Baller Mind Frame’s No Layups brings you the hottest NBA stories on the web mixed with personal opinion from our very own Aaron Lanton. Check it often and absorb the knowledge we’re dropping on you!
It was no secret that Kobe Bryant didn’t much care for the coaching stylings of the recently-resigned Los Angeles Lakers coach Mike D’Antoni. The former Nuggets, Suns and Knicks coach was brought in by the Buss family, or most of it at least, over Phil Jackson after Mike Brown was fired early in the 2012-13 season, and the two never seemed to click in spite of D’Antoni allowing Bryant unending minutes and shots during that disappointing year.
Following a 2013-14 campaign that was beset by injury, and after the Lakers declined to pick up D’Antoni’s 2015-16 option, the coach walked away from his gig. Bryant was on holiday at the time, but he’s back in Los Angeles now, and the future Hall of Famer decided to take a trip to Jimmy Kimmel’s set on Thursday evening to clarify his views on D’Antoni’s resignation.
Or, “non-views.” From ESPN’s Dave McMenamin:
“Honestly, I didn’t care,” Bryant said Thursday during a guest appearance on “Jimmy Kimmel Live,” when asked whether he was happy D’Antoni accepted a buyout of close to $2 million instead of coming back to coach the team next season.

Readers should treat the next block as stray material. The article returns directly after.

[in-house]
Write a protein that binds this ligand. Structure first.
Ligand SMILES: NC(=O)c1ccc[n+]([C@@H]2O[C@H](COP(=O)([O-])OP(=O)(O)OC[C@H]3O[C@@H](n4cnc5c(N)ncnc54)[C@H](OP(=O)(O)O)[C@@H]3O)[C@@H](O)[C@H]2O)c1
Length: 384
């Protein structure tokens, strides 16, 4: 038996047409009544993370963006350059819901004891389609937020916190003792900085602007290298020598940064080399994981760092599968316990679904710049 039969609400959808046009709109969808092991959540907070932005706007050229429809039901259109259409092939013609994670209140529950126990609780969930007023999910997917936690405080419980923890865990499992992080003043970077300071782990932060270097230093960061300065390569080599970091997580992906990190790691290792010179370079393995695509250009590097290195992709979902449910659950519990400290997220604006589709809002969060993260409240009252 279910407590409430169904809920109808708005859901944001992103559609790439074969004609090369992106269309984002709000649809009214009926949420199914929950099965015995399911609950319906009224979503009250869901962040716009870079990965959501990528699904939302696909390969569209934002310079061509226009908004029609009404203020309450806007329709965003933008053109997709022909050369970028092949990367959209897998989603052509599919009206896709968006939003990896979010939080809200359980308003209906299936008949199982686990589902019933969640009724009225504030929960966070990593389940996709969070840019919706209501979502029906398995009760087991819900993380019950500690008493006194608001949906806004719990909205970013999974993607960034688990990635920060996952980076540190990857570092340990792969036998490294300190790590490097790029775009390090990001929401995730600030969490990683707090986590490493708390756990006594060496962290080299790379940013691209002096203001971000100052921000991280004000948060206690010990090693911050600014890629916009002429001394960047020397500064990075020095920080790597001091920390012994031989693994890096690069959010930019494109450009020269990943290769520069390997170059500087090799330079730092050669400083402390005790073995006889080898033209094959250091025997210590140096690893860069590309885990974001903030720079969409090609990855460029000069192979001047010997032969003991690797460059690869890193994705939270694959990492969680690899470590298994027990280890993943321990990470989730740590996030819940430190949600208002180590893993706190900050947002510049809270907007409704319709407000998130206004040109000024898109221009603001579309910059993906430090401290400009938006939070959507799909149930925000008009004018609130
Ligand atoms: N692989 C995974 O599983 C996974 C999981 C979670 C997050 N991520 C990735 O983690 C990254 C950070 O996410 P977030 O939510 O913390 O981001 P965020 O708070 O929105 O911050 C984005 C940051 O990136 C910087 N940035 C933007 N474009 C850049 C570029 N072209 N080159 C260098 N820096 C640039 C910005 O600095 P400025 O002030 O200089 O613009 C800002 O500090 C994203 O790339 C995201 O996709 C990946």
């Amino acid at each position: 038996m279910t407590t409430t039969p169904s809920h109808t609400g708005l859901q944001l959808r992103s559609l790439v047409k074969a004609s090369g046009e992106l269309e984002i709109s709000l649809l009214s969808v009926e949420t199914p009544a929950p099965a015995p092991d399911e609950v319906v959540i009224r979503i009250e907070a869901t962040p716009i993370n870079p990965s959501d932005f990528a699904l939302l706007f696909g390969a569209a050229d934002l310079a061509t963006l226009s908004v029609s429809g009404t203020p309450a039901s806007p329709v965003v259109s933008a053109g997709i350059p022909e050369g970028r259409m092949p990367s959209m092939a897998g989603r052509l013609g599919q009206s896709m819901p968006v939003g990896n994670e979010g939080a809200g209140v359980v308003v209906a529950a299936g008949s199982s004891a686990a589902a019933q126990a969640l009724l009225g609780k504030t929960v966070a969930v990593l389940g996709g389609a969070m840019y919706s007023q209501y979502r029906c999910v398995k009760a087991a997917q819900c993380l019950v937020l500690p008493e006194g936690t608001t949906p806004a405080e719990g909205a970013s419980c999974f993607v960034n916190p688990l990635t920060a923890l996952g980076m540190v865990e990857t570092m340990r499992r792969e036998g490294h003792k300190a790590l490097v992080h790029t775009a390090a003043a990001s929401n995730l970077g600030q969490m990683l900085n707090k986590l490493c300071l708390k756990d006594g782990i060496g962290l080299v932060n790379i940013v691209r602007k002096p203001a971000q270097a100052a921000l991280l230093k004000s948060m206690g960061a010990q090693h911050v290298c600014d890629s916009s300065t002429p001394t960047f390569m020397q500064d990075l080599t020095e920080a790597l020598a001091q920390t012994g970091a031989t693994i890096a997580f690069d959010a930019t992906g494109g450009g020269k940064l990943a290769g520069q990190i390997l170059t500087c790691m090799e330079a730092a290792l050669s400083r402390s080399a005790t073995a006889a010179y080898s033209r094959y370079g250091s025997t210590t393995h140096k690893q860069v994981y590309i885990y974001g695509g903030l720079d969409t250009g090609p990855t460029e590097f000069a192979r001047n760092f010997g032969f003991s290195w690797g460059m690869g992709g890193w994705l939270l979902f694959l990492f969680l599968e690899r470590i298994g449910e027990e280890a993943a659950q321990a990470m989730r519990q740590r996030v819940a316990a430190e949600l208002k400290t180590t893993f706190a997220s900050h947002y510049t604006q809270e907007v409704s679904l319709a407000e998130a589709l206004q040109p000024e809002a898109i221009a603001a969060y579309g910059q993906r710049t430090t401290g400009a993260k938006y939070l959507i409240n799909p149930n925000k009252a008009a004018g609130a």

“Mike was dealt a really bad hand in dealing with all the injuries that he had here,” Bryant said. “This is a tough place, man. If you’re not winning, you’re not going to survive, man.”
The Lakers will now have three coaches in three years. Why would Bryant care? The front office hasn’t asked for Bryant’s opinion on the prior head coaching options, but he has made it clear that he should be consulted on the next choice.
The next two seasons are probably his last rodeos. It would behoove everyone to cooperate with each other in these dark times at the Staples Center. The list of star candidates is short because no one knows what the future of the franchise will be: the roster only has three players under contract for the 2014-15 season, Bryant’s on-court performance is an unknown, and the Western Conference is brutal every year. Few guys will seriously consider this job because the Lakers could be on a losing skid that lasts for years.
Whatever happens, the soap opera will provide plenty of intrigue for fans and media types alike. – AL